Why is Philadelphia’s poverty rate sky high, and what can be done about it? | Mark Zandi
Close to one-fourth of Philadelphia residents have incomes below the poverty line — an astounding figure.
Philadelphia is a great American city, and it is thriving. Unemployment is about as low as it has ever been. Jobs and wages are up. Housing and commercial real estate development is in full swing in many neighborhoods.
So why does Philadelphia have one of the highest poverty rates of any major city in the country? Close to one-fourth of the city’s residents have incomes below the poverty line — an astounding figure. And to be in poverty is to be very poor, indeed. A family of four is in poverty if its annual income is less than $26,000.
For context, the big U.S. city with the next highest poverty rate is Houston, with one-fifth of its population under the line. Nationwide, the poverty rate is about half that of Philadelphia’s. Silicon Valley in California is the gold standard, with less than one-tenth of its population in poverty.
Disentangling the causes of Philadelphia’s sky-high poverty rate is no easy feat. Poverty is due to a number of conflating factors, and causality is hard to determine. Is poverty high because of high incarceration, for example, or is incarceration high because of high poverty?
We learned that demographics are not that important in explaining Philadelphia’s high poverty rate. To be sure, the city is home to an outsized number of research universities, and the graduate students who study at them aren’t paid very much, increasing the measured poverty rate.
But this explains very little of what is going on. Poverty rates tend to be higher where the population is younger, but Philadelphia’s youth population is about the same size as it is in the rest of the nation.
Earning a high school diploma is critical to escaping poverty, as it is all but impossible to get a reasonably paying job without one. And on this issue, Philadelphia falls well short of the rest of the country in graduating its youth.
Finding work is also more difficult for the disabled, who are much more likely to remain stuck in poverty. There are almost three times as many people in the Social Security disability program living in Philadelphia than elsewhere. And given the economic incentives, once people go on disability they tend not to leave the program.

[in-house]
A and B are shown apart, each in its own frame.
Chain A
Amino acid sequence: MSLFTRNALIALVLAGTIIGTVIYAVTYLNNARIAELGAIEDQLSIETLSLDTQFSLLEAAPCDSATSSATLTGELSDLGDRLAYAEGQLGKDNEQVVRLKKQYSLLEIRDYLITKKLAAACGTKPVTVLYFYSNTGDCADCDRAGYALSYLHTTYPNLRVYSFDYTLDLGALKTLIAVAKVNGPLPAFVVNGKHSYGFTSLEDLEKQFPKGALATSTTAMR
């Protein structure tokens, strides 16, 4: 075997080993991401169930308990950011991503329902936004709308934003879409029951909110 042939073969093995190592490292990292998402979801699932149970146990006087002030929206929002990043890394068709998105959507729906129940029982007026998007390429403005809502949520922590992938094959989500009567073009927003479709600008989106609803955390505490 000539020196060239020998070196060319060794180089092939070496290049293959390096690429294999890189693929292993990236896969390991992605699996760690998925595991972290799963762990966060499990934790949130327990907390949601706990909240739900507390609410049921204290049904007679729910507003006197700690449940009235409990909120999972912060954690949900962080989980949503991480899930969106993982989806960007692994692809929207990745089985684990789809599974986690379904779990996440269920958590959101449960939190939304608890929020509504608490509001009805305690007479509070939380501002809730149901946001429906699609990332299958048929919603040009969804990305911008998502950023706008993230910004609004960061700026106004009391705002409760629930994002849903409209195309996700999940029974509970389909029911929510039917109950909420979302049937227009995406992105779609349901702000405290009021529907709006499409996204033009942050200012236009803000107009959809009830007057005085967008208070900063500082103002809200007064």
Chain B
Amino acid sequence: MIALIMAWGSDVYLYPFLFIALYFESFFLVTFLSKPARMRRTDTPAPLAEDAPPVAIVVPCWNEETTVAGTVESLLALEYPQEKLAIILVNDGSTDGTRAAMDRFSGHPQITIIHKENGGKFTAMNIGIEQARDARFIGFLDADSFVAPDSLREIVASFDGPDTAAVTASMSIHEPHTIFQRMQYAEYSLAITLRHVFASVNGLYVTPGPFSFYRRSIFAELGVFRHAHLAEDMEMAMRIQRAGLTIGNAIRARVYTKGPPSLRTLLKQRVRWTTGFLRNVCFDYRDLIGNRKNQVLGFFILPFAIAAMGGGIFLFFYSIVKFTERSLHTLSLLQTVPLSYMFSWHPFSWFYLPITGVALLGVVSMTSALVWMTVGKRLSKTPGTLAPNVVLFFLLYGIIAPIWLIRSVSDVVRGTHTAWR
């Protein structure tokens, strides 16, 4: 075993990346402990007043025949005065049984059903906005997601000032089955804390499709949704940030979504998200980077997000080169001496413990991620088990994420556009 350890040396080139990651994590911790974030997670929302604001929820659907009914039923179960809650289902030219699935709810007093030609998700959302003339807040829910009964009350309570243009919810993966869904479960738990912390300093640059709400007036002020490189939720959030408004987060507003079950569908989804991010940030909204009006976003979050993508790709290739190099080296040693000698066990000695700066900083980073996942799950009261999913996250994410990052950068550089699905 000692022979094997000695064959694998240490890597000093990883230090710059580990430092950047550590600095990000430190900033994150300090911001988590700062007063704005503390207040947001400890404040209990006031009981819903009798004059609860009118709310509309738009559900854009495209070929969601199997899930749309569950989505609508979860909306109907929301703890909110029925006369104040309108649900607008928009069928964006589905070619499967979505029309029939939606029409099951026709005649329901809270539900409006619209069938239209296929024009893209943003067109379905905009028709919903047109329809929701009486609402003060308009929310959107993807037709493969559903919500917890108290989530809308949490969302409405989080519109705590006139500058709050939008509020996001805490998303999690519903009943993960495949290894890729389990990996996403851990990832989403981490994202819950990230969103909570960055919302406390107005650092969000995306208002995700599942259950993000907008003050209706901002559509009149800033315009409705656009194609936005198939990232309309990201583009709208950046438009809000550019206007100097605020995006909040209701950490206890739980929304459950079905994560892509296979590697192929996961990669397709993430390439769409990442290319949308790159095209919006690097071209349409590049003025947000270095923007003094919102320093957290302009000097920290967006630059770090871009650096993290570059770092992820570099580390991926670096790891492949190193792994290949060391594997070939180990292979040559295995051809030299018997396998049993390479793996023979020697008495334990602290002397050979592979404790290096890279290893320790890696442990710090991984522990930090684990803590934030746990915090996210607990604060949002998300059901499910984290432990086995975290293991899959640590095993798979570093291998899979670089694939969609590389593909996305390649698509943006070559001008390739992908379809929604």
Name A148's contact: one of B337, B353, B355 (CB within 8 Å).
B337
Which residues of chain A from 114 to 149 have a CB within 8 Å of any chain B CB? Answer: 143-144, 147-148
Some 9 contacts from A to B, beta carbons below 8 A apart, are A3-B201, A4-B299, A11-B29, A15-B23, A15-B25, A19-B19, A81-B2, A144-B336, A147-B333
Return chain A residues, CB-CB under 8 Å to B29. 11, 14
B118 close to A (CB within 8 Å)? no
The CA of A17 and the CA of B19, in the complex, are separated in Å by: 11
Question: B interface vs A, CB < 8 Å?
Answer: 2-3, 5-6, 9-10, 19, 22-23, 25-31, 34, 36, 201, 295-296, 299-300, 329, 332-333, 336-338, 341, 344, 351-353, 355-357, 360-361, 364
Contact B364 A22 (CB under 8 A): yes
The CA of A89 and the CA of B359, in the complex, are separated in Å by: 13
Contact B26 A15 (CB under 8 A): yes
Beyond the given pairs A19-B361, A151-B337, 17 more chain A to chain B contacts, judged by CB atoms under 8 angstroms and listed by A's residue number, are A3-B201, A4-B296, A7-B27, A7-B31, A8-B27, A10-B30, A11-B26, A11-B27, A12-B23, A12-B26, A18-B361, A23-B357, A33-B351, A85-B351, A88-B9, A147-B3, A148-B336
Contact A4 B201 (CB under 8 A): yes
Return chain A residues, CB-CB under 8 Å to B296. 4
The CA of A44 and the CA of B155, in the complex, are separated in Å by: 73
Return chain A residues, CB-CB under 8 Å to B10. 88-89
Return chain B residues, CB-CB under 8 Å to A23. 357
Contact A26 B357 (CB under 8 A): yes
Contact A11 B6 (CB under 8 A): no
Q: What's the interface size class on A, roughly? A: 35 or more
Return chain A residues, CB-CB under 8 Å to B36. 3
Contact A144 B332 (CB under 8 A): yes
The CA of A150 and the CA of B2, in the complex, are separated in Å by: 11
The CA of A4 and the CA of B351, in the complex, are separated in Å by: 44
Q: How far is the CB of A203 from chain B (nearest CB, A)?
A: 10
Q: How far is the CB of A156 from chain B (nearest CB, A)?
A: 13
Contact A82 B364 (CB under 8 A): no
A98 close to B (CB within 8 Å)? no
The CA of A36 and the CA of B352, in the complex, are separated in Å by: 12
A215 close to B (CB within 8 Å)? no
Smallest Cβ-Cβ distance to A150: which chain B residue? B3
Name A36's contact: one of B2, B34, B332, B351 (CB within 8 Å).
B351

The devolution of the nuclear family is another big factor behind poverty. The more families headed by a single mother, the higher the poverty rate. Caring for children alone limits the time available for work and restricts how far one can travel from home for work. Poverty is also high in places where there are a larger number of people living by themselves. About half the city’s households are living alone or in families run by a single mom, compared with a third nationwide.
Geography also plays a significant role. Philadelphia’s suburbs have among the lowest poverty rates in the country, on par with Silicon Valley. So, the entire region, combining the city and suburban ring, has a poverty rate that is close to the national average. Philadelphia is different from most other places in that most of its poor live within the city limits.
It is much more expensive to live in the suburbs than in many of the city’s neighborhoods. Housing costs are high and rising quickly almost everywhere due to the mounting shortage of new apartments and homes for low- and moderate-income families, but they are meaningfully lower in the city.
Even if the poor had the economic means to move, moving means they move away from their friends, family and local community ties. Research says the typical family would give up pay equal to about one-third of their income to stay close to their support system.
There is no easy solution to Philadelphia’s poverty crisis. Fixing the city’s long-troubled public school system to get high school graduation rates up would go a long way. Mayor Jim Kenney’s focus on early-childhood education is also a good idea. It will increase future graduation rates and help with child care, allowing single moms to work.
However, to fundamentally solve the crisis will require government officials in Philadelphia’s suburbs and the state of Pennsylvania and our next president to muster the political will to act.
Local officials must tear down restrictive zoning and permitting for affordable housing in their communities. State officials must provide more funds for the city’s schools. And our next president must find a way to invest more in education, housing, child care, and our transportation infrastructure so that working-class Americans can get to jobs, wherever they may be.
Allowing this city’s poverty crisis to go unsolved is not an option. For the sake of poor families, our well-being as a wider community, and a future in which we all can be proud and secure, it needs to be dealt with now.